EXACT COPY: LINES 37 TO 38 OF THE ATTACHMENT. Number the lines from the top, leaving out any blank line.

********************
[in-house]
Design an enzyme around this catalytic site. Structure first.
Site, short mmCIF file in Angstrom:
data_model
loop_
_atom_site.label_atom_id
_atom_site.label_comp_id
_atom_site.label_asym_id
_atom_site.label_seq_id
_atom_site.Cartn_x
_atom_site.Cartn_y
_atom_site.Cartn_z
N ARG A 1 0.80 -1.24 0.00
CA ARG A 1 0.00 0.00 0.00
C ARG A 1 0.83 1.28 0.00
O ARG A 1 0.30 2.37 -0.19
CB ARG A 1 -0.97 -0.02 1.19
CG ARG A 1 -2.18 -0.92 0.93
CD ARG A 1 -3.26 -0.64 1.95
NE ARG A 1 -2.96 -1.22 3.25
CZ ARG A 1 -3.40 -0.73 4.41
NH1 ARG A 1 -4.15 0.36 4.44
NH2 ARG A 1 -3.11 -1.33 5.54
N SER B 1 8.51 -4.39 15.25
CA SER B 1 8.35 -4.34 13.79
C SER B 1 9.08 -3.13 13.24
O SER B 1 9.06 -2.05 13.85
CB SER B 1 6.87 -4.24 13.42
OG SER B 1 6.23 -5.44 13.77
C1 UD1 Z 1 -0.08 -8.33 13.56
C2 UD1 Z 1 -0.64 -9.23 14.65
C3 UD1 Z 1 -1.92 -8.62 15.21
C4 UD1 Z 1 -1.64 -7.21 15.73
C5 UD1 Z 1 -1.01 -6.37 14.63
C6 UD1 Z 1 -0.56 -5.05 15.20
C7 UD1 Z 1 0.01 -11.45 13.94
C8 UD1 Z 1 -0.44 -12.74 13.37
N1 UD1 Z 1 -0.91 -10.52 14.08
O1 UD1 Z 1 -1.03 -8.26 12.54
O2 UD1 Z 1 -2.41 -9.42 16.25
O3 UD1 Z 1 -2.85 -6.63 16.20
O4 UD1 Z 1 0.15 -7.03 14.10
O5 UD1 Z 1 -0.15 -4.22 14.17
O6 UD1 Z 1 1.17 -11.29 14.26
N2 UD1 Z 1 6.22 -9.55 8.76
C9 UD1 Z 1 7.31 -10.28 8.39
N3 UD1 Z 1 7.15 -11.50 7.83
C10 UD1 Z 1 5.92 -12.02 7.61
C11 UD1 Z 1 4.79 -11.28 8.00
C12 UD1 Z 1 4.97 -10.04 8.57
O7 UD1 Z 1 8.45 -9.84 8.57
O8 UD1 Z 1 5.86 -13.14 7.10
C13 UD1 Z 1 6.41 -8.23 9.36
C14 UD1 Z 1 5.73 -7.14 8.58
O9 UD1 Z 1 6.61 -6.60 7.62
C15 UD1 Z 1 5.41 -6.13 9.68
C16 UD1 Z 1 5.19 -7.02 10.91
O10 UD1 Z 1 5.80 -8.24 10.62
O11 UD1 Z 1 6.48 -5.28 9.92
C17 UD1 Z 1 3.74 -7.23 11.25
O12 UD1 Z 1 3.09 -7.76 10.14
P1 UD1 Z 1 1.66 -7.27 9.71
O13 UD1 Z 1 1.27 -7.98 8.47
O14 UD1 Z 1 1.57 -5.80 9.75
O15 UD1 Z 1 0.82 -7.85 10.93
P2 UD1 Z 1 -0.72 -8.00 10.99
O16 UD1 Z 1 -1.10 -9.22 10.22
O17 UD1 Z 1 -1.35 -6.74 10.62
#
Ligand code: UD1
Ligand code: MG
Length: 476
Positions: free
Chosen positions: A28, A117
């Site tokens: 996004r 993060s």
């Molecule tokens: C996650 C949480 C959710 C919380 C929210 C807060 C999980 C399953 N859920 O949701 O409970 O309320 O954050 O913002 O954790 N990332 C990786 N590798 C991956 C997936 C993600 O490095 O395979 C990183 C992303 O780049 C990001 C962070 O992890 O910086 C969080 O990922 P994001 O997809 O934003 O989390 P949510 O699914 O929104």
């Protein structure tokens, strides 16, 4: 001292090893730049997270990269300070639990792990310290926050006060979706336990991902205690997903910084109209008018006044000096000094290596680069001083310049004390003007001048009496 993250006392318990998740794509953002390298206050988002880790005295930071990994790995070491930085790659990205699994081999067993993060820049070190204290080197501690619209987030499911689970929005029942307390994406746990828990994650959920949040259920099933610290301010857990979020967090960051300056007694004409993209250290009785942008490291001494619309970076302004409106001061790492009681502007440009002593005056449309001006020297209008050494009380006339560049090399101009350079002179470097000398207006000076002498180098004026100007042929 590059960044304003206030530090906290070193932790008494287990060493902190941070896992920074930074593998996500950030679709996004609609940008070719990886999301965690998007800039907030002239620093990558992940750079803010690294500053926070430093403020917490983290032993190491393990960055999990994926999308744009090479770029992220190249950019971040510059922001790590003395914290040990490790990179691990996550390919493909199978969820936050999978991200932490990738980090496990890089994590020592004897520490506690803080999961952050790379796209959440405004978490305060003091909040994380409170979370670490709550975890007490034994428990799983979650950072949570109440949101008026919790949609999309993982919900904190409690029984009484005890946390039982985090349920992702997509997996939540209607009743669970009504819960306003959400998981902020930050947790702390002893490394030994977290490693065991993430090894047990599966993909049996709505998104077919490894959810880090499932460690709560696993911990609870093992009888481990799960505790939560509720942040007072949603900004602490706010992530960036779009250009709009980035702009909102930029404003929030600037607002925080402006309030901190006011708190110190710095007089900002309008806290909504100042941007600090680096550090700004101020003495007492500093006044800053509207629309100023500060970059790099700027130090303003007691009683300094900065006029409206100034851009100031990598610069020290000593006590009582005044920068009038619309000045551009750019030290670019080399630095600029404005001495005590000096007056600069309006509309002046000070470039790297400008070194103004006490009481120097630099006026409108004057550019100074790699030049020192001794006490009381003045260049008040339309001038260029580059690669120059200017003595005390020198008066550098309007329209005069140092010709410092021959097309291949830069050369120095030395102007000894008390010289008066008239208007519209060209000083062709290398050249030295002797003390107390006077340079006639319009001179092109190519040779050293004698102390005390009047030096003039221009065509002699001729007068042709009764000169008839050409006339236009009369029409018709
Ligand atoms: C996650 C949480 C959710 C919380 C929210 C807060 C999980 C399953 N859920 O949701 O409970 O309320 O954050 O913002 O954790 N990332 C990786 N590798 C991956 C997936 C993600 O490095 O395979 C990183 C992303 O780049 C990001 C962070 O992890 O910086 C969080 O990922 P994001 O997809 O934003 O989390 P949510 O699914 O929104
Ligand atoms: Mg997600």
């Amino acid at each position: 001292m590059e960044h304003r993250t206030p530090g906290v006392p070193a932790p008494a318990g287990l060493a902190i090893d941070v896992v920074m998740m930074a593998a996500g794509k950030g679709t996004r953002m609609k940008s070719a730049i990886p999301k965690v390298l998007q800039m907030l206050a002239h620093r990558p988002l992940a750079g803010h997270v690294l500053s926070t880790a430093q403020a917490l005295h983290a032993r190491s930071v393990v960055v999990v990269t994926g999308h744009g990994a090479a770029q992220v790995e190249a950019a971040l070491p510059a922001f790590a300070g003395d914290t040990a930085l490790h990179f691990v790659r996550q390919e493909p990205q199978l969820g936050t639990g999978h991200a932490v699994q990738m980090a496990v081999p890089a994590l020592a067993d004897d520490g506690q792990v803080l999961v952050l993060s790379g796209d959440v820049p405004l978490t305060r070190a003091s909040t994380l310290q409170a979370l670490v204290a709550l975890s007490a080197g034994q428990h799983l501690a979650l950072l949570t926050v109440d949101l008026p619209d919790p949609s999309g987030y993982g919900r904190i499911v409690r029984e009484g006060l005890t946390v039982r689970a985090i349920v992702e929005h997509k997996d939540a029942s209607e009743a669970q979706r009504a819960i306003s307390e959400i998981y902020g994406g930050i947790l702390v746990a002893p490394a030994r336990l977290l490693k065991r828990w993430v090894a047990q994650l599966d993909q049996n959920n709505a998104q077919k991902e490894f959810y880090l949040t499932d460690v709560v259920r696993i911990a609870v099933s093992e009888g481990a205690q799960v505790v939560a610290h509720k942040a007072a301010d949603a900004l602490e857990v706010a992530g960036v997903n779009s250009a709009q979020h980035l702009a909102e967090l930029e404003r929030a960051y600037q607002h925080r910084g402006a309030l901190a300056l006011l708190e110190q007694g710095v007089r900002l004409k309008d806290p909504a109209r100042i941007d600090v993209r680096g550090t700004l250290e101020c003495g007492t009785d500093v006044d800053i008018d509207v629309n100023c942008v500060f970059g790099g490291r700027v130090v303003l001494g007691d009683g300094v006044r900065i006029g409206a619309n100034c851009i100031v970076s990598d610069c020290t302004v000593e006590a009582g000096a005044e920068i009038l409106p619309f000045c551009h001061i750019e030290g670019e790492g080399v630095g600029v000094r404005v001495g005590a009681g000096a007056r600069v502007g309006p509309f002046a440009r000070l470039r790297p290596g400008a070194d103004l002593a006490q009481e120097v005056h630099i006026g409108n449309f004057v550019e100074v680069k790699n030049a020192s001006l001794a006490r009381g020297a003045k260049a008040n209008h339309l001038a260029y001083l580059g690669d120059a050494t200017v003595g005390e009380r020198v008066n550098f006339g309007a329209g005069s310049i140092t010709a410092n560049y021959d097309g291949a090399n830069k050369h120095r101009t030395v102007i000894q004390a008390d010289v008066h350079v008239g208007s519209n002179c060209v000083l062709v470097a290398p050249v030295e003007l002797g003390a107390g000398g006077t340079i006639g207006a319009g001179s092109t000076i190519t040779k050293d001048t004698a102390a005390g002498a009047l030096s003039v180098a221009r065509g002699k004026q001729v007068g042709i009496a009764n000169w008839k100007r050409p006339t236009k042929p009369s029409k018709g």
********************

C8 UD1 Z 1 -0.44 -12.74 13.37
N1 UD1 Z 1 -0.91 -10.52 14.08